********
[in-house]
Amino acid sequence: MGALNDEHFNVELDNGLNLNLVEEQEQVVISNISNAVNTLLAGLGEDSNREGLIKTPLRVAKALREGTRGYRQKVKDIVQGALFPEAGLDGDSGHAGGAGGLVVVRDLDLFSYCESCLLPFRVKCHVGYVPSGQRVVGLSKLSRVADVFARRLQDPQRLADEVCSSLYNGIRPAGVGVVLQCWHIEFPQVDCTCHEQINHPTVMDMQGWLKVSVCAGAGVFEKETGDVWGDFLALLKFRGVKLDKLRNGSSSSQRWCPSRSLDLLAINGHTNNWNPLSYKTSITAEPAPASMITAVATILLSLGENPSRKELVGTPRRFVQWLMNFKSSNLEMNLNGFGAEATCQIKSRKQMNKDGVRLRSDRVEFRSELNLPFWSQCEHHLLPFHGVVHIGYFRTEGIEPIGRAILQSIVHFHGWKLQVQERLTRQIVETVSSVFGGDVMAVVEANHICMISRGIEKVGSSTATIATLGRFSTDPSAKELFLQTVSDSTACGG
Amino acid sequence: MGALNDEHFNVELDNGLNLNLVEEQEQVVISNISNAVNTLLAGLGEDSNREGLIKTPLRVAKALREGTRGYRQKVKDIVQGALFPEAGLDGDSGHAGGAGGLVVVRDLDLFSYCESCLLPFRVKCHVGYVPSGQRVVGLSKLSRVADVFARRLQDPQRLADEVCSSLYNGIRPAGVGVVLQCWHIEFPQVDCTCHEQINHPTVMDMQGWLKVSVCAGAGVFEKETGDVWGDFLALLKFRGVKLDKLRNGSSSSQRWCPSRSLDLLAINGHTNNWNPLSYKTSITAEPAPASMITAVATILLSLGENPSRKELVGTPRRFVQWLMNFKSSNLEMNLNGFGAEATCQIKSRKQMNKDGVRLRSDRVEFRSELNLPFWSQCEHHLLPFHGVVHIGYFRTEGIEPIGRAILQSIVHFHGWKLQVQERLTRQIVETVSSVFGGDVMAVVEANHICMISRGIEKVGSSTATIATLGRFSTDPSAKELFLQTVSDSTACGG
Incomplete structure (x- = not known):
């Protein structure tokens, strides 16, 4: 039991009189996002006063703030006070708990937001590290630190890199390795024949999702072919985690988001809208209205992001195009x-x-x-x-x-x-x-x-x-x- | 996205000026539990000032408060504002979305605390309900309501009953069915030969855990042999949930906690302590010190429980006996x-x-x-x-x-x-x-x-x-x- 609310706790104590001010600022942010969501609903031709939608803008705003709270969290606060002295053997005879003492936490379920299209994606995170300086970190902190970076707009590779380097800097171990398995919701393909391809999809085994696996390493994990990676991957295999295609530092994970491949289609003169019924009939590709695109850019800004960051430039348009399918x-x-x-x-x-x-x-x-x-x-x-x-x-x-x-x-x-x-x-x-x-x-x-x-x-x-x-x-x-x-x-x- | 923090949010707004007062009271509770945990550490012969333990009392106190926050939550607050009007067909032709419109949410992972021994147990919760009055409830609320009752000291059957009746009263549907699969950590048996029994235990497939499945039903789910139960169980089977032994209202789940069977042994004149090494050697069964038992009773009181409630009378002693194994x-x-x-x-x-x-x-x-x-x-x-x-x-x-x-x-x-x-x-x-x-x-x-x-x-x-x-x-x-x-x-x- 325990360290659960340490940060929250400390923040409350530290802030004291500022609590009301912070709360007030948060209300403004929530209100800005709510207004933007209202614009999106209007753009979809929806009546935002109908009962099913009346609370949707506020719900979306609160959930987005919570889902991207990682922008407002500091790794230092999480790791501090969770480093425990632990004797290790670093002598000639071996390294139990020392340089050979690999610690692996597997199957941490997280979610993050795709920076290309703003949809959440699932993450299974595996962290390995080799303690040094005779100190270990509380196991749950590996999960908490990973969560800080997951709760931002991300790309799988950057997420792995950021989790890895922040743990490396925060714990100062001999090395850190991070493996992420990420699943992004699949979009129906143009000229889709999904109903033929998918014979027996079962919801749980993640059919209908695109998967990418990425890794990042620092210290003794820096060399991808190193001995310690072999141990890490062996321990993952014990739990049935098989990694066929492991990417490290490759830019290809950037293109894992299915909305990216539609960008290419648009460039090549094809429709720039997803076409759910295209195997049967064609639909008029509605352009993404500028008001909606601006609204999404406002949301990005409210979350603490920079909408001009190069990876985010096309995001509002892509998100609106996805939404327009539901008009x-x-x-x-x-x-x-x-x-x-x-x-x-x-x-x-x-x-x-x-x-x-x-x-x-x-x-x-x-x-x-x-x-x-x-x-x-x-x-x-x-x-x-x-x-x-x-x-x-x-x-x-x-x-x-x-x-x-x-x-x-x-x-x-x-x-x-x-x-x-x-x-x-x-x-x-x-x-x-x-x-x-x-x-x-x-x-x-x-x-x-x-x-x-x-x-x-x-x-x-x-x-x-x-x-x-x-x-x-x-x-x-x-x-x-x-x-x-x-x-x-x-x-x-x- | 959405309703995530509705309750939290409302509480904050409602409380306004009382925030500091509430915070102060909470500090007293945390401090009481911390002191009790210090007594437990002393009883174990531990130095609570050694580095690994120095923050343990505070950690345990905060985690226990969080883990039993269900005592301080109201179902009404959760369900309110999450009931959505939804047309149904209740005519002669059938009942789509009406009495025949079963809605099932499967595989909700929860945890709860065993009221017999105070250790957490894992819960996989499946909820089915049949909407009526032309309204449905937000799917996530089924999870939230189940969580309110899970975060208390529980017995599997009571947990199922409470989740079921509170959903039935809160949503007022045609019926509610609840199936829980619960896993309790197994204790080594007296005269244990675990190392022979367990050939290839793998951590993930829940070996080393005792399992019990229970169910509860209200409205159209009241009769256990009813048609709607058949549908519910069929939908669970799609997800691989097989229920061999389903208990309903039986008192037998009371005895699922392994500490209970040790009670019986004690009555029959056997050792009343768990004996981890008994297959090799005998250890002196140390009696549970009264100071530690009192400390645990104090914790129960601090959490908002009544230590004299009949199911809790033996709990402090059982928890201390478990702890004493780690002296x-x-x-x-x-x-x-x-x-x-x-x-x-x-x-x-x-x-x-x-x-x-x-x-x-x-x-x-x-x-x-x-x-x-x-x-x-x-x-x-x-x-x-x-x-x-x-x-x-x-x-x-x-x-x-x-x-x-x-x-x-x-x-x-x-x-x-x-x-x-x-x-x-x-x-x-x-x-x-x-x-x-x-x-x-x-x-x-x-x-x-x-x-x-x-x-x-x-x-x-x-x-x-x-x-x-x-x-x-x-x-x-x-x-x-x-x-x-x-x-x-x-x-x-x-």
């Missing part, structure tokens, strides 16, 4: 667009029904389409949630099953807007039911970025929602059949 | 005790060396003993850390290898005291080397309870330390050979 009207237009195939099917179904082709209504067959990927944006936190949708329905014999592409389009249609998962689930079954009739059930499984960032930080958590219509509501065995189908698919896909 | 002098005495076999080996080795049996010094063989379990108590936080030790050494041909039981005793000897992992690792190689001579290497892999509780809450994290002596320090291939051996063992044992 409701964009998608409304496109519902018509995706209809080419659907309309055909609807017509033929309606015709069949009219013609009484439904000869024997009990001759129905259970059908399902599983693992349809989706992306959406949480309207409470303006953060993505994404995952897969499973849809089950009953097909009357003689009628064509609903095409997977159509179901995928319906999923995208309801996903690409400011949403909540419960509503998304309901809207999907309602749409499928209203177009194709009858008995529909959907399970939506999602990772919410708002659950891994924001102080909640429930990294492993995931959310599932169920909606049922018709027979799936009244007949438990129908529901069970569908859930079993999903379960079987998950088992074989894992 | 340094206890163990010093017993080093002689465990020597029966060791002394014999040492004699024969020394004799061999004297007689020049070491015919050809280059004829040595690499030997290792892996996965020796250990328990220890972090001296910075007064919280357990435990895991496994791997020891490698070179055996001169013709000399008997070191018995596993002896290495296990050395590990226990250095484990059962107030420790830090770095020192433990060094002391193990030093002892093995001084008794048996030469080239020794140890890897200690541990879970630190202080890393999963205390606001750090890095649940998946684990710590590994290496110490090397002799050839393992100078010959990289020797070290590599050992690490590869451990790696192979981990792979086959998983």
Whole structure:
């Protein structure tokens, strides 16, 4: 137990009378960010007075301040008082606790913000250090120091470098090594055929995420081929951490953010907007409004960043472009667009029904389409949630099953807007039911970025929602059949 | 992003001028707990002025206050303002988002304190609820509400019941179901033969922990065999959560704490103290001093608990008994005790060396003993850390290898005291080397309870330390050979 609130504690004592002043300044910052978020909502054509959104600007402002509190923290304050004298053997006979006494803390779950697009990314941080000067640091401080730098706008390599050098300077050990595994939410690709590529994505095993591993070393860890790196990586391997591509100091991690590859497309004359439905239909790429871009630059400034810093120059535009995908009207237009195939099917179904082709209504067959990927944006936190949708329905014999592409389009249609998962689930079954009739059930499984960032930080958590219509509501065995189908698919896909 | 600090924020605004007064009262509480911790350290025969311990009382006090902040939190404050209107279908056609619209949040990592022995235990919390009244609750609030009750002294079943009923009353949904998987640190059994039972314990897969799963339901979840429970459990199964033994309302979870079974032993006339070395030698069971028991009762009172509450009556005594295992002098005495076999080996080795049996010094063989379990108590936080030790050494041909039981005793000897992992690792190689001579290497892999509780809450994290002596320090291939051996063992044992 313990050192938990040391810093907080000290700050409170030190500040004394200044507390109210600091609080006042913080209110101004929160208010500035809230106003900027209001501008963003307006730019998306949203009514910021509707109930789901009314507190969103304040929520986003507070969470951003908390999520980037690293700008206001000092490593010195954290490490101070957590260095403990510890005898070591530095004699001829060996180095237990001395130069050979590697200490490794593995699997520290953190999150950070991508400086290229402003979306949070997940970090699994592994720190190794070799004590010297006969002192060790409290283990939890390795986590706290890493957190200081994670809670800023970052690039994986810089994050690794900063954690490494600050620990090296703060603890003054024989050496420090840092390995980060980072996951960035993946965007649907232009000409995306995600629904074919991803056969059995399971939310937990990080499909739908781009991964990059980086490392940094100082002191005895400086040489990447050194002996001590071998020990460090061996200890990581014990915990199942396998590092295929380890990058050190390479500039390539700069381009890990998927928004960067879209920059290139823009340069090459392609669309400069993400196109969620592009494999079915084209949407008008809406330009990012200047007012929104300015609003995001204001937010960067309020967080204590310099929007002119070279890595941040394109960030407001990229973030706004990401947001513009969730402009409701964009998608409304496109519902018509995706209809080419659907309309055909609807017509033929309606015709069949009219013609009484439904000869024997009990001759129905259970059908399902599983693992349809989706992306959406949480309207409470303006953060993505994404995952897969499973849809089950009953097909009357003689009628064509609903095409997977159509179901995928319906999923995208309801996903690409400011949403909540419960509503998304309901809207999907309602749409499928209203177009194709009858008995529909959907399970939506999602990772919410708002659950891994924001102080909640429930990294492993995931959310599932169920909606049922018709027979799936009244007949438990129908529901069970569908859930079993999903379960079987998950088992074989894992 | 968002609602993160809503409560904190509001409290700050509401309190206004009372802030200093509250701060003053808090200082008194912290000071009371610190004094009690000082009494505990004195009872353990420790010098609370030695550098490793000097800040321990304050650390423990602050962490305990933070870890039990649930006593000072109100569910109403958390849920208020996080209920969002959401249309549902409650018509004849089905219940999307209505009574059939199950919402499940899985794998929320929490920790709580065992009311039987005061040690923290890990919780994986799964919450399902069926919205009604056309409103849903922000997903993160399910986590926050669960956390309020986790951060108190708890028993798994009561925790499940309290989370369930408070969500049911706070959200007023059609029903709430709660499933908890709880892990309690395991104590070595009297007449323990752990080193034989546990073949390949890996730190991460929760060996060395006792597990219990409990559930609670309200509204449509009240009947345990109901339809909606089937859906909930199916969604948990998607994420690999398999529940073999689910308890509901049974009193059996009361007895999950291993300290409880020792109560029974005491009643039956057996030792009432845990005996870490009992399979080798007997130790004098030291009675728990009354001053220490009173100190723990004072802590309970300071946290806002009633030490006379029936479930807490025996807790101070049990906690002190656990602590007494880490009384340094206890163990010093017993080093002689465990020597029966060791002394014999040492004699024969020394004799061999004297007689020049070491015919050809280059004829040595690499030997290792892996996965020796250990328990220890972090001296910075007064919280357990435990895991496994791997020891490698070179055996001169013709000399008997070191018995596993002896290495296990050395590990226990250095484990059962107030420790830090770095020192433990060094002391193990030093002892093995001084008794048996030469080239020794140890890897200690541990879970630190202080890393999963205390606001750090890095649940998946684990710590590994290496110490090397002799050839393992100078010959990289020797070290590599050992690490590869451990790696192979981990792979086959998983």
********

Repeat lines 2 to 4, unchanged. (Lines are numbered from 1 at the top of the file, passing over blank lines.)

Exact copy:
Amino acid sequence: MGALNDEHFNVELDNGLNLNLVEEQEQVVISNISNAVNTLLAGLGEDSNREGLIKTPLRVAKALREGTRGYRQKVKDIVQGALFPEAGLDGDSGHAGGAGGLVVVRDLDLFSYCESCLLPFRVKCHVGYVPSGQRVVGLSKLSRVADVFARRLQDPQRLADEVCSSLYNGIRPAGVGVVLQCWHIEFPQVDCTCHEQINHPTVMDMQGWLKVSVCAGAGVFEKETGDVWGDFLALLKFRGVKLDKLRNGSSSSQRWCPSRSLDLLAINGHTNNWNPLSYKTSITAEPAPASMITAVATILLSLGENPSRKELVGTPRRFVQWLMNFKSSNLEMNLNGFGAEATCQIKSRKQMNKDGVRLRSDRVEFRSELNLPFWSQCEHHLLPFHGVVHIGYFRTEGIEPIGRAILQSIVHFHGWKLQVQERLTRQIVETVSSVFGGDVMAVVEANHICMISRGIEKVGSSTATIATLGRFSTDPSAKELFLQTVSDSTACGG
Amino acid sequence: MGALNDEHFNVELDNGLNLNLVEEQEQVVISNISNAVNTLLAGLGEDSNREGLIKTPLRVAKALREGTRGYRQKVKDIVQGALFPEAGLDGDSGHAGGAGGLVVVRDLDLFSYCESCLLPFRVKCHVGYVPSGQRVVGLSKLSRVADVFARRLQDPQRLADEVCSSLYNGIRPAGVGVVLQCWHIEFPQVDCTCHEQINHPTVMDMQGWLKVSVCAGAGVFEKETGDVWGDFLALLKFRGVKLDKLRNGSSSSQRWCPSRSLDLLAINGHTNNWNPLSYKTSITAEPAPASMITAVATILLSLGENPSRKELVGTPRRFVQWLMNFKSSNLEMNLNGFGAEATCQIKSRKQMNKDGVRLRSDRVEFRSELNLPFWSQCEHHLLPFHGVVHIGYFRTEGIEPIGRAILQSIVHFHGWKLQVQERLTRQIVETVSSVFGGDVMAVVEANHICMISRGIEKVGSSTATIATLGRFSTDPSAKELFLQTVSDSTACGG
Incomplete structure (x- = not known):